Carlson named 2018 Jean Lake scholarship recipient

Published 4:00 am Saturday, April 21, 2018

Sarah Carlson, a senior at Charles Henderson High School, has been named the recipient of the 2018 Jean Lake Scholarship, which is presented annually by the Troy Arts Council.

The scholarship is named in memory of nationally acclaimed Troy artist Jean Lake and is awarded to a local high school senior who has exceptional artistic talent and plans to continue his or her art education in college.

Charlotte Walden, CHHS art teacher, said Sarah is very deserving of the $2,000 scholarship.

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“Art comes naturally for Sarah,” Walden said. “She has a personal connection with her artwork. She is not afraid to try new ideas and techniques. She is an avid sketcher and has shown tremendous growth as an artist, as exampled by her concentration pieces, which won her the scholarship.”
Walden said Sarah’s concentration pieces demonstrated the breadth of her work and the diversity of her technique, subject matter and conceptual ideas.

“As her teacher, her work moved me,” Walden said.

Sarah expressed appreciation to the Troy Arts Council for the confidence placed in her and her abilities with the awarding of the scholarship.

“I was not expecting to win because there are other senior art students that are so talented,” she said. “The scholarship is a great honor and I want to thank the Troy Arts Council for giving me this opportunity.”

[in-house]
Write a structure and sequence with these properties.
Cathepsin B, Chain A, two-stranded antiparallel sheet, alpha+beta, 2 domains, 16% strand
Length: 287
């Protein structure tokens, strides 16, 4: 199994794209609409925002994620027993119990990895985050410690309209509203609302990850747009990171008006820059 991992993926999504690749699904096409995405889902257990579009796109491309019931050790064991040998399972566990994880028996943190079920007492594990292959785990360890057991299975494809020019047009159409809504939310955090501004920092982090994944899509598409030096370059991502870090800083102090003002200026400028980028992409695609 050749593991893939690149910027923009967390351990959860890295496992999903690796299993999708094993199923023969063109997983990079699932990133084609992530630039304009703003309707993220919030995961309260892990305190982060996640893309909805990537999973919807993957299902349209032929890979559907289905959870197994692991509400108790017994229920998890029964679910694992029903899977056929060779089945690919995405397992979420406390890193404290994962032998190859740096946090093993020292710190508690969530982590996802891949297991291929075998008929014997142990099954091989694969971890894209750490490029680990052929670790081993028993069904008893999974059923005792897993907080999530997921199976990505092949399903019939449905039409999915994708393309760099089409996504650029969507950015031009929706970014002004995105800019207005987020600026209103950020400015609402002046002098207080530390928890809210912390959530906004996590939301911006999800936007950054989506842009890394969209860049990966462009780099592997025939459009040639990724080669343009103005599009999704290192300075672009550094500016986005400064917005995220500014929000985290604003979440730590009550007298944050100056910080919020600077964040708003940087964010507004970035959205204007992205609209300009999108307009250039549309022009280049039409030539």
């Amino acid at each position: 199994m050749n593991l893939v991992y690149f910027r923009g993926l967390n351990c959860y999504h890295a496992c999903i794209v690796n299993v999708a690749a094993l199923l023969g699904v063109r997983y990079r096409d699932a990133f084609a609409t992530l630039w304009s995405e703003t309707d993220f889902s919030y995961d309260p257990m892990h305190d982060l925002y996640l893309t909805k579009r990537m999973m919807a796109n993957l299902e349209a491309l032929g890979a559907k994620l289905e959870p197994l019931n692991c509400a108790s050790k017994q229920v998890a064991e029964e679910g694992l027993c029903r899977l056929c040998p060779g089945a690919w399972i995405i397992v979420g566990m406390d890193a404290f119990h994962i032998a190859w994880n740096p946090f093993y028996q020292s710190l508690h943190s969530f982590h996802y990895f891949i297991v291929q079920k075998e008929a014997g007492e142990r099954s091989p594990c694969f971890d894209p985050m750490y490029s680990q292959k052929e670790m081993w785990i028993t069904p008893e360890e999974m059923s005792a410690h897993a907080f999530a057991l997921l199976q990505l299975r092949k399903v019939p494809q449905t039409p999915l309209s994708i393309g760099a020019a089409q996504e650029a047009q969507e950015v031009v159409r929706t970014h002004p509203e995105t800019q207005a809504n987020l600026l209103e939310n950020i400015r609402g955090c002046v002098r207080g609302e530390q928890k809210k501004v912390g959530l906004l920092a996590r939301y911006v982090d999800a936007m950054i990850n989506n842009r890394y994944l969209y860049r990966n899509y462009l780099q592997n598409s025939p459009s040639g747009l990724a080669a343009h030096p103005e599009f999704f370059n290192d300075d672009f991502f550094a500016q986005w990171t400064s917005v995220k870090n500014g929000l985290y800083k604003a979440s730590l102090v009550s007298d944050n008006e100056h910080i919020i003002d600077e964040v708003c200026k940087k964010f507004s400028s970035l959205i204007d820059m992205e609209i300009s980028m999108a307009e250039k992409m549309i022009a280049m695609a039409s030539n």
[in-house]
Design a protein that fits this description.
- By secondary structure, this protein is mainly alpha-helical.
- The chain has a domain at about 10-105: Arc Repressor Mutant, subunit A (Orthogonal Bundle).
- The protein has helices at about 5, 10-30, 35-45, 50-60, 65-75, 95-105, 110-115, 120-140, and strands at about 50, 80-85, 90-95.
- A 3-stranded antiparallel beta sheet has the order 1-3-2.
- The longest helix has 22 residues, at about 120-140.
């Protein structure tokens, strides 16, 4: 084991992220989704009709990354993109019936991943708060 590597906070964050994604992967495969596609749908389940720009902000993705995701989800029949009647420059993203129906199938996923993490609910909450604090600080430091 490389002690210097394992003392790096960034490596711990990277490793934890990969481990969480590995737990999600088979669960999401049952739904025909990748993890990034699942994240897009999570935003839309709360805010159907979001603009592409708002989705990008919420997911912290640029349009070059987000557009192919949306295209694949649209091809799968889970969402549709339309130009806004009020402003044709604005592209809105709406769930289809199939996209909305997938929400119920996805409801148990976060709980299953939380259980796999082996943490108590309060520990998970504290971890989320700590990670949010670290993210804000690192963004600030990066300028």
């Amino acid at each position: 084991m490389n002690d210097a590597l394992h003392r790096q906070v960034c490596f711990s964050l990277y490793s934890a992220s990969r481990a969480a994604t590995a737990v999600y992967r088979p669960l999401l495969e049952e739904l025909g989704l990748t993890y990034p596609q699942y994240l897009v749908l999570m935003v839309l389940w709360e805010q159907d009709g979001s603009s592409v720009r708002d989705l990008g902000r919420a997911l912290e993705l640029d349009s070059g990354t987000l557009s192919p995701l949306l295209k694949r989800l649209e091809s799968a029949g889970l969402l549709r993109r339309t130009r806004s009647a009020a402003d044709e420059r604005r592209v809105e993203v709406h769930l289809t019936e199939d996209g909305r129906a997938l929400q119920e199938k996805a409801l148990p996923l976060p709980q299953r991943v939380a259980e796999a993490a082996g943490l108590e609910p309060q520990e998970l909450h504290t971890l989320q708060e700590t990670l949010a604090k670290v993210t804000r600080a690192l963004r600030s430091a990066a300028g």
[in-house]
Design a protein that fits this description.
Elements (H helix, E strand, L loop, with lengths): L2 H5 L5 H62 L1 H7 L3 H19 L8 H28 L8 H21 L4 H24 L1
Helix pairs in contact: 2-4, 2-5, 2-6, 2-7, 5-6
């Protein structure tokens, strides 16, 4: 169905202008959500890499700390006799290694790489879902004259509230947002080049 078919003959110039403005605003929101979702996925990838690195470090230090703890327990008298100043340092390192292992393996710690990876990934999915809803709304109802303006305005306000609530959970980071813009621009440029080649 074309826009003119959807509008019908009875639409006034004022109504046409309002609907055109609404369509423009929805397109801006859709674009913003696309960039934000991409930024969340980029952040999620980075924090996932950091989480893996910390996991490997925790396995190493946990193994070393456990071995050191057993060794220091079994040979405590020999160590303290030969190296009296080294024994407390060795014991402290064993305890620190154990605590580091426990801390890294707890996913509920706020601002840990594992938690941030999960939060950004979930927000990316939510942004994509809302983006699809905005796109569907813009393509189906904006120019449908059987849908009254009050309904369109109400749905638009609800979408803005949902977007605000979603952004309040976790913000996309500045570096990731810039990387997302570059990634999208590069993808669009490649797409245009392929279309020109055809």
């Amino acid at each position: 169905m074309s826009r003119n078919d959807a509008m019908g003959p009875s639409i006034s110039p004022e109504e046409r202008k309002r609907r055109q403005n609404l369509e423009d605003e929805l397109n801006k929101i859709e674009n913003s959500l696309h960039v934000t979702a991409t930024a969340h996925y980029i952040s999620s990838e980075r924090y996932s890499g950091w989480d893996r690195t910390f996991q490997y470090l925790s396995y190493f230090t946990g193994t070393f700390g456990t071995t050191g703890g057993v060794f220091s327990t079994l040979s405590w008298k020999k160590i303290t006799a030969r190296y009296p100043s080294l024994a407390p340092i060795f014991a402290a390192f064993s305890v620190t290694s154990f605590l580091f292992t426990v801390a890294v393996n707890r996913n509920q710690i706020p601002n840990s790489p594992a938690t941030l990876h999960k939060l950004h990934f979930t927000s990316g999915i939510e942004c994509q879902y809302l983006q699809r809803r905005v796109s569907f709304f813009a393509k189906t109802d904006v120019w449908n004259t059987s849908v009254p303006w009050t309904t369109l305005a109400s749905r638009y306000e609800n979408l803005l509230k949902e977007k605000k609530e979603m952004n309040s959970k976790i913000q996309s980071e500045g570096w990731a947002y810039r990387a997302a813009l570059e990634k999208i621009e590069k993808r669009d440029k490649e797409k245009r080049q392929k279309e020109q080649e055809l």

Sarah said her interest in art could be traced back to when she was only a toddler.

“My uncle and my dad got me interested in art,” she said. “My uncle is a freelance artist. He designs logos and creates art for Christian books for children. My dad majored in art so they were the ones that influenced me, and, too, I just love art.”

As an Advanced Placement art student, Sarah was required to include concentration pieces in her art portfolio.

The concentration pieces were to demonstrate knowledge of a subject and convey that understanding to those who viewed the artwork.

Sarah’s idea for her concentration pieces was founded in her interest in mental disorders and how they affect people differently.

“I wanted to create feeling with the use of color but I used gray spray paint for the backgrounds to show the darkness and unhappiness that mental disorders cause,” Sarah said. “Someone with a mental disorder can be happy and then suddenly sad.”

She illustrated the mood swings that can occur when one is dealing with a mental disorder with a watercolor of a jellyfish and rocks.

“The jellyfish is fluid and the rock are hard,” she said. “That’s how it can be with mental illnesses, from good times to hard times.”

Sarah painted a dog, penned Geisha girls and illustrated a folktale as ways of telling the story of mental disorders through art.

She plans to first attend Troy University and later Auburn University and pursue a degree in veterinary science.

She hopes to open a veterinary practice that will be artistically designed and aesthetically pleasing for the comfort of the animals.